Of Whorls and Drones (MP3)

The Resting Bell netlabel’s four-part milestone marker, commemorating its 100th release, comes in the form of a pair of whorl-like compositions. Call them drones if you must, but the patterning is too recursive, too self-digesting, too senses-enveloping to adhere to the standard tenets of stasis suggested by “drone.” The beauty of the drone is that it is both melody and harmony at once, both a horizon-driving force, and a sea-to-sky expanse of haze. The whorl, in contrast, is constant motion disguised as stasis. The distinction is not either/or. Music can have aspects of both, and often does. In fact the most trenchant of the two pieces on the Resting Bell set, the opening track “GrimGrim,” becomes more drone-like as it comes to a close, moving from its shifting centrifugal main body to something sedate and remote (MP3). According to a brief liner note the work, attributed to Appalachian Falls, was performed live on “an array of distortion pedals and tape machines.” The combined effect has elements of the hypnotic pulsing and layers of classical minimalism, as if enacted by a shoegazer band.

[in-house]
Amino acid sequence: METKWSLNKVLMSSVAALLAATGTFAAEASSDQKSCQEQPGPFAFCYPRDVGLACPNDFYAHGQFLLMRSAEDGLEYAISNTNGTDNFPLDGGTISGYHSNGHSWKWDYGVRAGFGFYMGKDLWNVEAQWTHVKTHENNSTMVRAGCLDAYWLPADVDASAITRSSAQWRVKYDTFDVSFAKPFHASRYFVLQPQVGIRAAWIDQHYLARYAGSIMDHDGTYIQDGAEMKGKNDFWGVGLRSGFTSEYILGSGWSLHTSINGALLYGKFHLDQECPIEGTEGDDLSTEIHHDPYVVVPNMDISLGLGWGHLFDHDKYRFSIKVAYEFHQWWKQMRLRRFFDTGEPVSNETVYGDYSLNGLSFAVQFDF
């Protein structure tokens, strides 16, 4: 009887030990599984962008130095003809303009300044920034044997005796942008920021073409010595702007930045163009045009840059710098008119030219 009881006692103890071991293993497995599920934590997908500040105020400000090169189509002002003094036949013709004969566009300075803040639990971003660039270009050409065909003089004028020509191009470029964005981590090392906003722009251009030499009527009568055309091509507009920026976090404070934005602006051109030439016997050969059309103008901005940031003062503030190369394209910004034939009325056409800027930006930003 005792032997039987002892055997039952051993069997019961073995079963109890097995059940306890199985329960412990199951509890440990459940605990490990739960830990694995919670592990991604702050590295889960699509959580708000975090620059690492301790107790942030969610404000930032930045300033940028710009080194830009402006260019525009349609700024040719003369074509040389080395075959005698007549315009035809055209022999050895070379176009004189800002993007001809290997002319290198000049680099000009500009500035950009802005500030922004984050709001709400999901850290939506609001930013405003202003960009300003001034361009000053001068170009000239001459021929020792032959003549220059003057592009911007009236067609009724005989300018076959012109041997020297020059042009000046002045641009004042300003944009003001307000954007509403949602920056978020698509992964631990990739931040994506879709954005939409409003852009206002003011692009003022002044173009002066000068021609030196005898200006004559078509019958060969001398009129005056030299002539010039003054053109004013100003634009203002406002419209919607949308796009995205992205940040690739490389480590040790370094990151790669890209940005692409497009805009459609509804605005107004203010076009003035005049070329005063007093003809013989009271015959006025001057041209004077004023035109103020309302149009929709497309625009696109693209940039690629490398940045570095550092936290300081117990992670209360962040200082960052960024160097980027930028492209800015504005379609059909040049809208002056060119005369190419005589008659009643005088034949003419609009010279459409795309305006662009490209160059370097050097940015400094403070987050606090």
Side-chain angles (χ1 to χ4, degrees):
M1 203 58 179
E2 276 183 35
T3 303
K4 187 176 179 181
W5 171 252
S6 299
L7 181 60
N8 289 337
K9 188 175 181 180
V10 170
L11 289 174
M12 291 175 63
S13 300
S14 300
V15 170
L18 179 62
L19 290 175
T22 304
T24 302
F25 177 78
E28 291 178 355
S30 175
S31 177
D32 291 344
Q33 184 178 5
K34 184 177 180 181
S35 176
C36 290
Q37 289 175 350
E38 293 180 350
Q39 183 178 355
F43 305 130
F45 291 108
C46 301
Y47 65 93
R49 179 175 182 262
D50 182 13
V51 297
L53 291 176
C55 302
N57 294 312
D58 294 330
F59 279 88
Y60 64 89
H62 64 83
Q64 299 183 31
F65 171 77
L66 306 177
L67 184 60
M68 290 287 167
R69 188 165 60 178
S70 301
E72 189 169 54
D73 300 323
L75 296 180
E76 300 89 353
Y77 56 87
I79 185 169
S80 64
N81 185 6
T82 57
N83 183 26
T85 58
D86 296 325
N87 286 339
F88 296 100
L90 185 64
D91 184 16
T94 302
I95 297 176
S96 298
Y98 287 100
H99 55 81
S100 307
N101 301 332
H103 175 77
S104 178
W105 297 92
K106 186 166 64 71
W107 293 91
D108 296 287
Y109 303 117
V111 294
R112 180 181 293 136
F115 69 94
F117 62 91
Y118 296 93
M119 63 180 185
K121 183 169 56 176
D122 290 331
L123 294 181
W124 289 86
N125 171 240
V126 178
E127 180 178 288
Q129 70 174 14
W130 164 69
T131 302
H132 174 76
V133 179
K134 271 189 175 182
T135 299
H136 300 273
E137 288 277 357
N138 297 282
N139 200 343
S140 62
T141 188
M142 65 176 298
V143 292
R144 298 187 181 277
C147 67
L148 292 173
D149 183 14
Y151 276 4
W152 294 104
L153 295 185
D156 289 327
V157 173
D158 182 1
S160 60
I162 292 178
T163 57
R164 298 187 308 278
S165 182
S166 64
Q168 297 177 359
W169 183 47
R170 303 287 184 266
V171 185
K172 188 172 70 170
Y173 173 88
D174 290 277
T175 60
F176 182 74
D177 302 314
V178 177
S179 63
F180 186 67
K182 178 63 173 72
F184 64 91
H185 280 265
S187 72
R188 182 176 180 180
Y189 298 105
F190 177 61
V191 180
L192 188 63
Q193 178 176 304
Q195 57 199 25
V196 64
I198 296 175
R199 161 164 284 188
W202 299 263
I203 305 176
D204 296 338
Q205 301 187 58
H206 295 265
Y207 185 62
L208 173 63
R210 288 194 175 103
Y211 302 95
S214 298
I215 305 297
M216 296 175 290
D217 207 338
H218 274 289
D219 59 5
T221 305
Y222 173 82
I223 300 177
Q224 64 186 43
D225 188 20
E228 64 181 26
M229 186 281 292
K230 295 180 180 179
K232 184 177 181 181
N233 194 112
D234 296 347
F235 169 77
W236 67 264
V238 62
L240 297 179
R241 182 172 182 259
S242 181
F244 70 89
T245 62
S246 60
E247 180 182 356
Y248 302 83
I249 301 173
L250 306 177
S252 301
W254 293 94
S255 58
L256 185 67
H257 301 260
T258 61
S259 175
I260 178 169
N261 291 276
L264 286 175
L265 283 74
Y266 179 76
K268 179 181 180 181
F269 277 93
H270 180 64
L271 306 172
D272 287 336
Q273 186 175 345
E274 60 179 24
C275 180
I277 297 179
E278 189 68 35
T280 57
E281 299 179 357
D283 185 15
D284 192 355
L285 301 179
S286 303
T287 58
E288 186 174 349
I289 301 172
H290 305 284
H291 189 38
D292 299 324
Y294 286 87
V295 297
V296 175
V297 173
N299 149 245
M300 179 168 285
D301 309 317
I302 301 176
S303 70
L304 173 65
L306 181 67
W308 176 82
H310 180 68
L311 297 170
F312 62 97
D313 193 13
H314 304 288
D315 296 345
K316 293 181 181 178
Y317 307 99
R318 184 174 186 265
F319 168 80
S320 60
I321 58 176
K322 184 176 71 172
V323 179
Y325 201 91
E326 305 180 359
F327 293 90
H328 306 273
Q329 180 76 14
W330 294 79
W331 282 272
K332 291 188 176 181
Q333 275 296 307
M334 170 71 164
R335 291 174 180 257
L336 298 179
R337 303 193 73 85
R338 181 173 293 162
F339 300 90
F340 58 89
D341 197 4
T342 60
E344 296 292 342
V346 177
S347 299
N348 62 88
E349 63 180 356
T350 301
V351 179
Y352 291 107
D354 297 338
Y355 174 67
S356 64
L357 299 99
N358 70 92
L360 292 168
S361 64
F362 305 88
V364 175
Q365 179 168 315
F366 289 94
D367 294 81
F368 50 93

[audio:http://www.archive.org/download/rb100-4/01-GrimGrim.mp3|titles=”GrimGrim”|artists=Appalachian Falls]

Track originally posted at restingbell.net. Visit for additional information, including a second track, “Antonym.” The set is titled GrimGrimAntonym. (Information on the recording artist is scant. A brief bio on the label’s website reads as follows: “Appalachian Falls is the work of I, sometimes with the help of A and some other friends.” There is no forwarding link.)

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